You are here

9.11 Particular Rights—Fourth Amendment—Unreasonable Search—Generally

Printer-friendly version


As previously explained, the plaintiff has the burden to prove that the act[s] of the defendant[s] [name[s]] deprived the plaintiff of particular rights under the United States Constitution. In this case, the plaintiff alleges the defendant[s] deprived [him] [her] of [his] [her] rights under the Fourth Amendment to the Constitution when [insert factual basis of the plaintiff’s claim].

Under the Fourth Amendment, a person has the right to be free from an unreasonable search of [his] [her] [person] [residence] [vehicle] [other]. In order to prove the defendant[s] deprived the plaintiff of this Fourth Amendment right, the plaintiff must prove the following additional elements by a preponderance of the evidence:

1. [Name[s] of applicable defendant[s]] searched the plaintiff’s [person] [residence] [vehicle] [other];

2. in conducting the search, [name[s]] acted intentionally; and

3. the search was unreasonable.

[A person acts "intentionally" when the person acts with a conscious objective to engage in particular conduct. Thus, the plaintiff must prove the defendant meant to search the plaintiff’s [person] [residence] [vehicle] [other]. Although the plaintiff does not need to prove the defendant intended to violate the plaintiff’s Fourth Amendment rights, it is not enough if the plaintiff only proves the defendant acted negligently, accidentally or inadvertently in conducting the search.]


Use this instruction only in conjunction with the applicable elements instructions, Instructions 9.2–9.7, and an applicable definition of an unreasonable search, such as Instruction 9.12 (Particular Rights—Fourth Amendment—Unreasonable Search—Exception to Warrant Requirement—Search Incident to Arrest) and Instruction 9.13 (Particular Rights—Fourth Amendment—Unreasonable Search—Exception to Warrant Requirement—Consent). Because this instruction is phrased in terms focusing the jury on the defendant’s liability for certain acts, the instruction should be modified to the extent liability is premised on a failure to act in order to avoid any risk of misstating the law. See Clem v. Lomeli, 566 F.3d 1177, 1181-82 (9th Cir. 2009).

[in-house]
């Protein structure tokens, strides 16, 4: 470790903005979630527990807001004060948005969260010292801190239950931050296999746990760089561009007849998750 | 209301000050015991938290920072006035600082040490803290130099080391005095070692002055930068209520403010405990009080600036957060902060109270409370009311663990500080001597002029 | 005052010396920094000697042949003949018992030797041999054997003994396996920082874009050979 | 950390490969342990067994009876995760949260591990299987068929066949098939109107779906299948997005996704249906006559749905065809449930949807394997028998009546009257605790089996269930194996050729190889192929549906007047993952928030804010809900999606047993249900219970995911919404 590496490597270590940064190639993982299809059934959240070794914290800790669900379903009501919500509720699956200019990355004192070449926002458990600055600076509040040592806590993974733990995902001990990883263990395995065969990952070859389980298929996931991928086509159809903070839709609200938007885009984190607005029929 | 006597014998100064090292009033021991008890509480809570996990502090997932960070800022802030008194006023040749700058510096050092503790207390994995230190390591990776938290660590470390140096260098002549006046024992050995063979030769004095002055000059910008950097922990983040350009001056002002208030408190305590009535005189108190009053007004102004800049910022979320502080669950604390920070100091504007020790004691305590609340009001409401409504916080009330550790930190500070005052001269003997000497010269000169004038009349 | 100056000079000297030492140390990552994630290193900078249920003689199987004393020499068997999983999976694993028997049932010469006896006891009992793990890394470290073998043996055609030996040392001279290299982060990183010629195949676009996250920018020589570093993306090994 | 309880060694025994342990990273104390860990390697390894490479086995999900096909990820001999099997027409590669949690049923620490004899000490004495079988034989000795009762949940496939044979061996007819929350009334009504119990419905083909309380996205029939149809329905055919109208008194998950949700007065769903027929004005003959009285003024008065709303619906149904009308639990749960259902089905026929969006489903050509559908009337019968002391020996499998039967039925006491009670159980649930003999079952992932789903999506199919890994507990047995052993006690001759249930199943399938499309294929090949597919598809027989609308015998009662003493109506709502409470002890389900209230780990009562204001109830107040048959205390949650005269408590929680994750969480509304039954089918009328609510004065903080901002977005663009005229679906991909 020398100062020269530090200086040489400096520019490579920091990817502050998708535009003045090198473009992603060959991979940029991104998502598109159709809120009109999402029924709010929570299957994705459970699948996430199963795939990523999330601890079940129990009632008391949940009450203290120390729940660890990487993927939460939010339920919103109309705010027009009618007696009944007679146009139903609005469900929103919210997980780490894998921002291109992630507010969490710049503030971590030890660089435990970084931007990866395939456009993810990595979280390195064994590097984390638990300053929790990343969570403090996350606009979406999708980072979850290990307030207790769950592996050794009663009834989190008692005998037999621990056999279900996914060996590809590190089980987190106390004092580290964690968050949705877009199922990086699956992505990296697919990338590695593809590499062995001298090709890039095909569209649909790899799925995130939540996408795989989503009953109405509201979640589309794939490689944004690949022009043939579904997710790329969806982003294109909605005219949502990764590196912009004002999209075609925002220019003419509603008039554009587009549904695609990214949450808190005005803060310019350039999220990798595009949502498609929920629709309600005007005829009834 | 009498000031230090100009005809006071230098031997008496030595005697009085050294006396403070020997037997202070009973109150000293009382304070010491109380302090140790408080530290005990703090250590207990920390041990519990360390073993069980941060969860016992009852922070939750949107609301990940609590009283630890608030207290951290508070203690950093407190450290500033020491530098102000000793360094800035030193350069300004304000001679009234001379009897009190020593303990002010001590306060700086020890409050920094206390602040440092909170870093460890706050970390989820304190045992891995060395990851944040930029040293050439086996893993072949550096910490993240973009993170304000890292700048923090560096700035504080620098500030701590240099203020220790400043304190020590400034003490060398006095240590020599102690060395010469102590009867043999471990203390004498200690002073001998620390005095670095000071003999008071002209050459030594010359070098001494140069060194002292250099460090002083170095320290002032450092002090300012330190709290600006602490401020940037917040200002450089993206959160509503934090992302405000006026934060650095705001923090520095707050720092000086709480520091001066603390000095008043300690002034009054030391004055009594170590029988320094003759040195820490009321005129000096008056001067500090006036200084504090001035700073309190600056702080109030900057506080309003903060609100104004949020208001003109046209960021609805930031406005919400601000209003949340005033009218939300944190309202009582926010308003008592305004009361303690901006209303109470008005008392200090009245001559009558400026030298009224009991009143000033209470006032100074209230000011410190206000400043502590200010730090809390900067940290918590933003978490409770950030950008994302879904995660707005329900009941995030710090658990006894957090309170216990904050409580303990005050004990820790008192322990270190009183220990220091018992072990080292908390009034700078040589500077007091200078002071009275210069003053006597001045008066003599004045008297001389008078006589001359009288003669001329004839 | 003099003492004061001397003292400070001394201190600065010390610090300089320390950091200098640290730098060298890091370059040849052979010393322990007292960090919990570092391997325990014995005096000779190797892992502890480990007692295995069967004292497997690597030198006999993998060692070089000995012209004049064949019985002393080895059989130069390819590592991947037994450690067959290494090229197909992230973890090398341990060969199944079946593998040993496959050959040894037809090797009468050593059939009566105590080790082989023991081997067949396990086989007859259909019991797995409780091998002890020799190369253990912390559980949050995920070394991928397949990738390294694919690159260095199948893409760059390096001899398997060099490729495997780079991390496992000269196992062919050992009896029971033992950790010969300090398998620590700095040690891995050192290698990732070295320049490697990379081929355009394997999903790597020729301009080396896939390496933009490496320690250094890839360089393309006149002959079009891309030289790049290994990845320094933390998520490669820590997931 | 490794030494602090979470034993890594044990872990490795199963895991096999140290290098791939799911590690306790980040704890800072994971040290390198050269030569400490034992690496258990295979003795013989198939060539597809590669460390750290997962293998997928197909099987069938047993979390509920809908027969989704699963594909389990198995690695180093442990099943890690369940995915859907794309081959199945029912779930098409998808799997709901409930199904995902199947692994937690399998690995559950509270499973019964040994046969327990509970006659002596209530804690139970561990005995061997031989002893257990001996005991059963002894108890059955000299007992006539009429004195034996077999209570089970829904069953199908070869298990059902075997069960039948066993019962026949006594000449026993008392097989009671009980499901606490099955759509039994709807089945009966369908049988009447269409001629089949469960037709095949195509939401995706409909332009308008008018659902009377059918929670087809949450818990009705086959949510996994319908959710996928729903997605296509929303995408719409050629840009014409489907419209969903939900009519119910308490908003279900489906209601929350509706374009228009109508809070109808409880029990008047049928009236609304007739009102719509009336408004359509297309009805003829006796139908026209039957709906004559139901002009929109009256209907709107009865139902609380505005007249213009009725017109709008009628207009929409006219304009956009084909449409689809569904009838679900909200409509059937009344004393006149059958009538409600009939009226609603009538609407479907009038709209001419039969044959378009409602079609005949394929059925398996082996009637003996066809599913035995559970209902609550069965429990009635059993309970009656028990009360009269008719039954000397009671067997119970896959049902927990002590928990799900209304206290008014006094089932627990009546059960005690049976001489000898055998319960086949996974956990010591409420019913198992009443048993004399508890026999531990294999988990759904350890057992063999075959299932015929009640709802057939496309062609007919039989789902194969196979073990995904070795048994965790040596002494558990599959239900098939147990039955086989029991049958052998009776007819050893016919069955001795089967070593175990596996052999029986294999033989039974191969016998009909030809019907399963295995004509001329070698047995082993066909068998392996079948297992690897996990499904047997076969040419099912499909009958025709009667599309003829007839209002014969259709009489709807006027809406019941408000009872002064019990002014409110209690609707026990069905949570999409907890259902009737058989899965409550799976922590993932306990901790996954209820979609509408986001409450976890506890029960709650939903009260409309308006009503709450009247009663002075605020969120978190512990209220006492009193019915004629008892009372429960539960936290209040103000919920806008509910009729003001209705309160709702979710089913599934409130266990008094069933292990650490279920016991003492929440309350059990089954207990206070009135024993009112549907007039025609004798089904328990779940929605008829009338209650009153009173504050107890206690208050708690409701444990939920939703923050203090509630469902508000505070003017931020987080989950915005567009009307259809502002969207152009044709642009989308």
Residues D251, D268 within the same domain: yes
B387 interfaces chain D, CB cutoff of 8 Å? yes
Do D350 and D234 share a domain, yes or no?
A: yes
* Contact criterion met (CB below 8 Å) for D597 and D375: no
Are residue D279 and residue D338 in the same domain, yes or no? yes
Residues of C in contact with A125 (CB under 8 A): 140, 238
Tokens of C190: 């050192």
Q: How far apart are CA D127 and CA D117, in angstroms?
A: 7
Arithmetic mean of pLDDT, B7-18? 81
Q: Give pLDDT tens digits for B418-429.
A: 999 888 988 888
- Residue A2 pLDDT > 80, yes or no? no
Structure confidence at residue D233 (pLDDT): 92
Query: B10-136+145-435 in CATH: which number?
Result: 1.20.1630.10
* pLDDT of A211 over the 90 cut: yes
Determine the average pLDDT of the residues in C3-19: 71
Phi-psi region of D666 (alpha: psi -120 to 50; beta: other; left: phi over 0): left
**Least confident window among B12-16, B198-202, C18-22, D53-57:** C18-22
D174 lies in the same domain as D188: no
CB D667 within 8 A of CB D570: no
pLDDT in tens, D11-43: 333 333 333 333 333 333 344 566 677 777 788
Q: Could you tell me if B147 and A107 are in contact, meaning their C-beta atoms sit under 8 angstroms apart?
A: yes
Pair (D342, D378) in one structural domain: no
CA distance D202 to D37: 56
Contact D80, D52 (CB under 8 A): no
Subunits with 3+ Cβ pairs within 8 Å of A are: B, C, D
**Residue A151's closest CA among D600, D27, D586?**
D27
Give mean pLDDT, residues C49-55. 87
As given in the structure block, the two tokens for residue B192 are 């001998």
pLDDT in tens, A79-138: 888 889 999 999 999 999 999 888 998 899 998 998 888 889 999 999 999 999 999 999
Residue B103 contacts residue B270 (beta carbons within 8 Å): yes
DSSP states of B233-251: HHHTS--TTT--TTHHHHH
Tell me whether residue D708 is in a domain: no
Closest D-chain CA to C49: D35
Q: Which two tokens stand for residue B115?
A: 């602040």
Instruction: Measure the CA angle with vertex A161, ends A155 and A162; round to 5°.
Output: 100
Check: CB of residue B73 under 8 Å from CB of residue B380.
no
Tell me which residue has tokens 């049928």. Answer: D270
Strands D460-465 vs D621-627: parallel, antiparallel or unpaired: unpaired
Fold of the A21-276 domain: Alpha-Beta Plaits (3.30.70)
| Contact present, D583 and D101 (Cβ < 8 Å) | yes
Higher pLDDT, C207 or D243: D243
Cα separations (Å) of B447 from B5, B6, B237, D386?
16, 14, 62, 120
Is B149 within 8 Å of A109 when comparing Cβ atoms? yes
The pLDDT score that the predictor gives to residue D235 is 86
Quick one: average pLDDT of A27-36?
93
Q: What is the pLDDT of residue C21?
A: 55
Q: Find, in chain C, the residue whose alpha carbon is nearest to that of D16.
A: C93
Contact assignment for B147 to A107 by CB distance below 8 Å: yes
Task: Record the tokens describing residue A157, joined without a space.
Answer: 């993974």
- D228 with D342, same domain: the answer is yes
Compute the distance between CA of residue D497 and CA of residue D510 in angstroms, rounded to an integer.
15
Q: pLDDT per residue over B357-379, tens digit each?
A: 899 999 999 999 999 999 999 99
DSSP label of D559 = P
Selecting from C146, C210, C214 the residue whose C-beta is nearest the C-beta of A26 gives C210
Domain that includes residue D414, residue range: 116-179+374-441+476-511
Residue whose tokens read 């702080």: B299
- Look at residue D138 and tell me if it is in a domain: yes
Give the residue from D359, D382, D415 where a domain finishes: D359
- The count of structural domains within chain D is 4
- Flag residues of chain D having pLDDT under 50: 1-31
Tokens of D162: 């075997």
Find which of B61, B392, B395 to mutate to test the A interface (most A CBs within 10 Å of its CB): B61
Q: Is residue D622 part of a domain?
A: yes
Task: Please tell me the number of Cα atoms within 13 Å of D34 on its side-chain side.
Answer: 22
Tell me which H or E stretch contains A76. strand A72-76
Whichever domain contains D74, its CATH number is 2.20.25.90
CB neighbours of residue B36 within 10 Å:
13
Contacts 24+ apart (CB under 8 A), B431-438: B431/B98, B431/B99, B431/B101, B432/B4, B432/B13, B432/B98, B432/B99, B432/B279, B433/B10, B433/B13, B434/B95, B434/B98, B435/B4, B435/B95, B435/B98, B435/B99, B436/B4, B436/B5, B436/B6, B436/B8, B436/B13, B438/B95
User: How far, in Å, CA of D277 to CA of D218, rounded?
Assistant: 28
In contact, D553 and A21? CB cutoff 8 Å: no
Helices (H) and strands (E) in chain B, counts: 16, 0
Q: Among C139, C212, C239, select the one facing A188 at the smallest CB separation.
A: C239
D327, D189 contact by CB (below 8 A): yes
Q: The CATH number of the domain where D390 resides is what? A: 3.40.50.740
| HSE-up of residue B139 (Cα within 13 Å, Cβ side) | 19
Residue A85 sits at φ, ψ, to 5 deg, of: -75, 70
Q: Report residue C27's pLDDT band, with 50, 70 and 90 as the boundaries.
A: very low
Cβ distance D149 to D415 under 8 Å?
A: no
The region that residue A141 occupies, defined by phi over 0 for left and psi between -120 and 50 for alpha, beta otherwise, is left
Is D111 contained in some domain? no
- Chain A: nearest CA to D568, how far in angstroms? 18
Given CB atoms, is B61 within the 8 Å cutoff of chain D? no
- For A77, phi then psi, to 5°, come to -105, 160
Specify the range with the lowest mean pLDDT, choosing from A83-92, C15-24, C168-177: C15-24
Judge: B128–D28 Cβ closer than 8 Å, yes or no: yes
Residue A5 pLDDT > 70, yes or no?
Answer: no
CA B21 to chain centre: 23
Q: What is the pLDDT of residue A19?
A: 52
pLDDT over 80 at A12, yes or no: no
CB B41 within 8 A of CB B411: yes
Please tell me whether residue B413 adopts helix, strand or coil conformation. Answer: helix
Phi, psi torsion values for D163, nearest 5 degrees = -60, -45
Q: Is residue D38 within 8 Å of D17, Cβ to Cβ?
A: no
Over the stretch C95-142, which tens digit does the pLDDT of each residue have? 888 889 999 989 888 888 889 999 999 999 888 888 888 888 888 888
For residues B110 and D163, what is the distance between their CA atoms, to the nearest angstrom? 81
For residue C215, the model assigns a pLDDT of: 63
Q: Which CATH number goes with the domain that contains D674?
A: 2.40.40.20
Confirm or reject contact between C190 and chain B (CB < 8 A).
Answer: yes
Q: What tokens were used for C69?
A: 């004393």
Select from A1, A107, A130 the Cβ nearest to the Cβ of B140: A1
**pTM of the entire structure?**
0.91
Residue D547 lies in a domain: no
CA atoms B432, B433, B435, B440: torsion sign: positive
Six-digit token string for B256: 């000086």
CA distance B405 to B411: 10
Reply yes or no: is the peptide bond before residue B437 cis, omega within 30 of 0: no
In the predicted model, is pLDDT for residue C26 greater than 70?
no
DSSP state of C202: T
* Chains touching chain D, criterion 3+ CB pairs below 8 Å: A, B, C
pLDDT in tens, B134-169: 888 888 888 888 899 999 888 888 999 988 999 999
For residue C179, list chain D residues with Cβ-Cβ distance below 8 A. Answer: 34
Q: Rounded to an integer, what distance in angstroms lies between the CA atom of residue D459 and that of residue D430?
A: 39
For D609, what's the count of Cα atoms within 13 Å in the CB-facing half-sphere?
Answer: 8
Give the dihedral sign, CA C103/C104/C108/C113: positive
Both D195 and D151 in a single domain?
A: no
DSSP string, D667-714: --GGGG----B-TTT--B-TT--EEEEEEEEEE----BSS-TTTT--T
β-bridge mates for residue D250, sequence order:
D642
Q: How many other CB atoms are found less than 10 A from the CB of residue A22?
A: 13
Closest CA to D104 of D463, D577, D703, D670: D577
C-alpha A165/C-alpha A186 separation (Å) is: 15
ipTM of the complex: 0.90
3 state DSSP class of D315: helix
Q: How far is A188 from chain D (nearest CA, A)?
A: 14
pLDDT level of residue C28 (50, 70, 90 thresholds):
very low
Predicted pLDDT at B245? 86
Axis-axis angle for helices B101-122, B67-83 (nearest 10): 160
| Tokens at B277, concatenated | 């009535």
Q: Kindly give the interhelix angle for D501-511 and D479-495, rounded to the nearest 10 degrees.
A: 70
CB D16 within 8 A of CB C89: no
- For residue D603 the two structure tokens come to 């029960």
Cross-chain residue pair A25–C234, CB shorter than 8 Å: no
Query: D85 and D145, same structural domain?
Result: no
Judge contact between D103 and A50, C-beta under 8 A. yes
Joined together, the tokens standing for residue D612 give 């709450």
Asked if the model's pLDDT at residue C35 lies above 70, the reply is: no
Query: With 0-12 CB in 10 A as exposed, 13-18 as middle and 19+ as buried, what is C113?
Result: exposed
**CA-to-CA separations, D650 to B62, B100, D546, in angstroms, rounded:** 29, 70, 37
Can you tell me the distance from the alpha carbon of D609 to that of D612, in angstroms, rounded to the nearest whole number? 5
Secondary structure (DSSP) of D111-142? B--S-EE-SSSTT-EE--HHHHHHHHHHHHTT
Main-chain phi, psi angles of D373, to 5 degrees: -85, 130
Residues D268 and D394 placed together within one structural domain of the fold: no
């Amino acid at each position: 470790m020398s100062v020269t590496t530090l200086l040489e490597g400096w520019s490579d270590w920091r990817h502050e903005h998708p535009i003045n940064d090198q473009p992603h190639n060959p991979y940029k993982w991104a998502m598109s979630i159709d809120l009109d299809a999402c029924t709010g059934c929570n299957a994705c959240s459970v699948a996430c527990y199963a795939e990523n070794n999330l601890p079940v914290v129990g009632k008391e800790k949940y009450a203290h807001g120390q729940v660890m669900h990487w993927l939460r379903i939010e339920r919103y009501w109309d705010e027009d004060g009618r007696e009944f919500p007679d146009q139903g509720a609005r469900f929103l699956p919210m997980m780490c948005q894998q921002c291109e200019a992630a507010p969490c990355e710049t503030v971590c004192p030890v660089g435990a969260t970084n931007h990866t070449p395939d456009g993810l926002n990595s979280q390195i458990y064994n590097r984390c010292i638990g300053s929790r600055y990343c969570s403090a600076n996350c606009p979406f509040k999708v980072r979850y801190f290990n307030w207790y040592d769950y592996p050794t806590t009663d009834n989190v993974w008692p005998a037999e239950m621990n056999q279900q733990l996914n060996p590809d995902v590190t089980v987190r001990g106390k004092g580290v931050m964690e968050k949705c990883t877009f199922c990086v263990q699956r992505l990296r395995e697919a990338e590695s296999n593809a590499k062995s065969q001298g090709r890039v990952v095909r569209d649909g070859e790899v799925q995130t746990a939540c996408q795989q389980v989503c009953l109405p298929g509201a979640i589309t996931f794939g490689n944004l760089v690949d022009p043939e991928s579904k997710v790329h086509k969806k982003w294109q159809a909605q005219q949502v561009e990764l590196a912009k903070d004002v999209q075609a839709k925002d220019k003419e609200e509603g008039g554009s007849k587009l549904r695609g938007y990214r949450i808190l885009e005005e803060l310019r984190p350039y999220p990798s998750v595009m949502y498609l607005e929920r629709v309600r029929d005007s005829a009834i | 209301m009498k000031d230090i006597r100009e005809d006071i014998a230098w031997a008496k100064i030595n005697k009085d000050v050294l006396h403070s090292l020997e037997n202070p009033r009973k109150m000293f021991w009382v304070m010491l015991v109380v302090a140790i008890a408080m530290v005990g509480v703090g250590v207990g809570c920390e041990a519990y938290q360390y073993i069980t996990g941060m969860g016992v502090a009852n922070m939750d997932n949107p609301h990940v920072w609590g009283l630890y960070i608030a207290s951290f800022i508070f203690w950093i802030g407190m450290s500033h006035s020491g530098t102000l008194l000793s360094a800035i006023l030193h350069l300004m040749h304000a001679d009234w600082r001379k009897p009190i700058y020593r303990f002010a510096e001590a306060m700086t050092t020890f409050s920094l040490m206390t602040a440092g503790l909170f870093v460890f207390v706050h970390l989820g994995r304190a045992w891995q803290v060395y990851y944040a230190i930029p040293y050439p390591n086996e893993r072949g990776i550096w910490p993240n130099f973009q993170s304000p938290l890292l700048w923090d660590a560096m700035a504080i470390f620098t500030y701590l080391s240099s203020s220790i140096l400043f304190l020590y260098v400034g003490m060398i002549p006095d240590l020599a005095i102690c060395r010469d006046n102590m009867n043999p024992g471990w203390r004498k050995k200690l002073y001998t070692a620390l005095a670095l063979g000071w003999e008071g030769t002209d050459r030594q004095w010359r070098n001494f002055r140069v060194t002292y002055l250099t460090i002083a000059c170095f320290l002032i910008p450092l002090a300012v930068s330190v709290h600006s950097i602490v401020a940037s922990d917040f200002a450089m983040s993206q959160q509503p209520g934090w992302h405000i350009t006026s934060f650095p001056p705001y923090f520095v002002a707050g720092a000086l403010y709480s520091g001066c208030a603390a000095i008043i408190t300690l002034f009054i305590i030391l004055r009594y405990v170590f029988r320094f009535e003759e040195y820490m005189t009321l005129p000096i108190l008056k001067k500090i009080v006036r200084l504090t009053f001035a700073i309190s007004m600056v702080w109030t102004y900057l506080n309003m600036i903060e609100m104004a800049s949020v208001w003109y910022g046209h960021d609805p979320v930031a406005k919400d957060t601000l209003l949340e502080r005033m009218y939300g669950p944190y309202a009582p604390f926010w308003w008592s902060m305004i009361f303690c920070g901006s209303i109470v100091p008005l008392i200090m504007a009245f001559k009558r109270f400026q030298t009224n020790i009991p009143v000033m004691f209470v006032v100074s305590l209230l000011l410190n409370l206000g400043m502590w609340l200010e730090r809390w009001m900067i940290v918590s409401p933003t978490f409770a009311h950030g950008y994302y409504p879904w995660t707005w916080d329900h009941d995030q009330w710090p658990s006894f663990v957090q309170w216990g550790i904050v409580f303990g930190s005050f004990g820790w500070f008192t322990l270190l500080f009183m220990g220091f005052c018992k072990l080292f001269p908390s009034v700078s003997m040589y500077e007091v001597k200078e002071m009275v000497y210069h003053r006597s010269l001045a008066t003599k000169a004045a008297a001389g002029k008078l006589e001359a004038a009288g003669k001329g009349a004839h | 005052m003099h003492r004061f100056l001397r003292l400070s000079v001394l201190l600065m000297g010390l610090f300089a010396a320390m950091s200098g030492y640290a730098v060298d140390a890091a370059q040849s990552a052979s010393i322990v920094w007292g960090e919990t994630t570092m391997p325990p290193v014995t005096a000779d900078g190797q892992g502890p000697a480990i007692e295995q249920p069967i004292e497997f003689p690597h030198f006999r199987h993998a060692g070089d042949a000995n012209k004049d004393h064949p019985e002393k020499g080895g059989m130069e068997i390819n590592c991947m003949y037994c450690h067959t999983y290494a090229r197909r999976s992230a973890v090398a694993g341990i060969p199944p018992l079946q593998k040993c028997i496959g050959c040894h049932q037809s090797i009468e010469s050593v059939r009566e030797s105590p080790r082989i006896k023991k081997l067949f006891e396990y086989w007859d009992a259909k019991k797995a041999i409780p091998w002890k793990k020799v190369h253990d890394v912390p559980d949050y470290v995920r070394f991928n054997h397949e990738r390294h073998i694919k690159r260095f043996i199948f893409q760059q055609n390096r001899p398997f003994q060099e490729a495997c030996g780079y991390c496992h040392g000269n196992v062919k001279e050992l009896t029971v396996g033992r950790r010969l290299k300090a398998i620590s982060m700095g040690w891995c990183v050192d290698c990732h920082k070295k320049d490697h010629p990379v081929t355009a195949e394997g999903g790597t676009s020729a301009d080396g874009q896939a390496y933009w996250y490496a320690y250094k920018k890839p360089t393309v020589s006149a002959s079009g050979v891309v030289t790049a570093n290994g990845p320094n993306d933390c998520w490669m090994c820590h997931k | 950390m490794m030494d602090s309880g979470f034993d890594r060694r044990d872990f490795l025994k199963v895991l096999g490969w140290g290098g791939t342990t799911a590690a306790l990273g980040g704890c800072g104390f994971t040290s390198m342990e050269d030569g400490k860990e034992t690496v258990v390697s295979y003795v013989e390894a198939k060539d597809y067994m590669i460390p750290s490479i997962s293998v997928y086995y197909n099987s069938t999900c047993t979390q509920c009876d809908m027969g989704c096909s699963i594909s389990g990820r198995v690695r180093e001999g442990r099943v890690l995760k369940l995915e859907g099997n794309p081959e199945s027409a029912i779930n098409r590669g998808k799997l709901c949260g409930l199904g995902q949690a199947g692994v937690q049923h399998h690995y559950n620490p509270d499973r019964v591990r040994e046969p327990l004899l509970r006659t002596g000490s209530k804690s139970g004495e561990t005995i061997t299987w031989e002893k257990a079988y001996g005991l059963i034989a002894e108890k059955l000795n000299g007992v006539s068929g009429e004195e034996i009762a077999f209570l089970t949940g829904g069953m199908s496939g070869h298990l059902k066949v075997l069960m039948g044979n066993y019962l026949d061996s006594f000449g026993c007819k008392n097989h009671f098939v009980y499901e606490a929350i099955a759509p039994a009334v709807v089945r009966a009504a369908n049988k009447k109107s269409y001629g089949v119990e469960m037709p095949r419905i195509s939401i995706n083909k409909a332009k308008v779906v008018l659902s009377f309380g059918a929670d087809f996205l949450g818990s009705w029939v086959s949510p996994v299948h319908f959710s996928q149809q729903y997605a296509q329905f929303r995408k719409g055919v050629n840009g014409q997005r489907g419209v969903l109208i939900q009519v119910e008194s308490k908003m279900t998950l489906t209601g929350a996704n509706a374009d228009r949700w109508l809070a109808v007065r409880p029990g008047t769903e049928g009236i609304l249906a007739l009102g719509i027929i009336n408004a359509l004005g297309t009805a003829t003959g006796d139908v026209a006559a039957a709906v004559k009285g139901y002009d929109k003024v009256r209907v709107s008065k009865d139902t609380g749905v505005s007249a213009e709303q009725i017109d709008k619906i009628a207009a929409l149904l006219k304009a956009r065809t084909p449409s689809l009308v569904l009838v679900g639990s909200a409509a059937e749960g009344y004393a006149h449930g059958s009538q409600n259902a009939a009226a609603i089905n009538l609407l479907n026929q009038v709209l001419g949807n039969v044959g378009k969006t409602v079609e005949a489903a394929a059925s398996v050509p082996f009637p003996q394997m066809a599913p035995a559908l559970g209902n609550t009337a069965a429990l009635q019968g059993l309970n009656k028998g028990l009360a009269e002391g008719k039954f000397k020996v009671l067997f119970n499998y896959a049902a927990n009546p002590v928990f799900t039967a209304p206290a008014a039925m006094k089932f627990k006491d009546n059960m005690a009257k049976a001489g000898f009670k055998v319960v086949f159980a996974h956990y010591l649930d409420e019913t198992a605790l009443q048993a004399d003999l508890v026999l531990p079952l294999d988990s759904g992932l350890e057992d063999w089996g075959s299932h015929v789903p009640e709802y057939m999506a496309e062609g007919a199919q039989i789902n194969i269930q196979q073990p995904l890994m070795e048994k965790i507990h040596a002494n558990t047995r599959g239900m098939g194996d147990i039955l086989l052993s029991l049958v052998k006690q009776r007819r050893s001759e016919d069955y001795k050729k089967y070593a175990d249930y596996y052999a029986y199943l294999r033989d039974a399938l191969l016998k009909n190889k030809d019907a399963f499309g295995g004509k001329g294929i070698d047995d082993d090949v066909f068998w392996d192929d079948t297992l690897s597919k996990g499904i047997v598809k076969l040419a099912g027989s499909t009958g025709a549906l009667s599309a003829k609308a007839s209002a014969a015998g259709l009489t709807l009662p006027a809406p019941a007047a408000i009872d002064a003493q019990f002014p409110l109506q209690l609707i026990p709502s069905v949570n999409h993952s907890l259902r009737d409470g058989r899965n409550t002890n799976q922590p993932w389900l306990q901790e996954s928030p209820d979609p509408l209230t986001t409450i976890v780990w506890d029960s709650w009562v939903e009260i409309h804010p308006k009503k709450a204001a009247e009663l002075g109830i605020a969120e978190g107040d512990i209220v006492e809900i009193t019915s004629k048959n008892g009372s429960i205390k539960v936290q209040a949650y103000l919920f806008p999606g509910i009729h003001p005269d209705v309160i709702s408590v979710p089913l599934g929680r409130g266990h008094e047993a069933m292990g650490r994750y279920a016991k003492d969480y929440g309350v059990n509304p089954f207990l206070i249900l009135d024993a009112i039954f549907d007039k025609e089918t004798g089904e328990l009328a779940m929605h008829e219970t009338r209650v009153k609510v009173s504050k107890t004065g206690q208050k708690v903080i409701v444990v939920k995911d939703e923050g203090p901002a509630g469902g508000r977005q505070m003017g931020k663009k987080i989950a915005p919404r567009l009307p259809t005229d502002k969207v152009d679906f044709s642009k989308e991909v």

Section 1983 "contains no independent state-of-mind requirement" apart from what is necessary to state a violation of the underlying constitutional right. Daniels v. Williams, 474 U.S. 327, 328 (1986). It is well settled that "negligent acts do not incur constitutional liability." Billington v. Smith, 292 F.3d 1177, 1190 (9th Cir.2002). Specific intent to violate a person’s rights "is not a prerequisite to liability under § 1983." Caballero v. City of Concord, 956 F.2d 204, 206 (9th Cir.1992) (citations omitted). Instead a plaintiff must prove the defendant acted with the mental state necessary to show a violation of a particular right.

With respect to the Fourth Amendment, the Supreme Court has defined a seizure as "a governmental termination of freedom of movement through means intentionally applied." Brower v. County of Inyo, 489 U.S. 593, 596–97 (1989) (emphasis in original). The committee assumes the same intentional mental state is required to prove a § 1983 claim based on an unreasonable search in violation of the Fourth Amendment, although there does not appear to be any Supreme Court or Ninth Circuit decision directly on point.

The last paragraph of this instruction includes an optional definition of the term "intentionally" for use when it would be helpful to the jury.

Approved 10/2009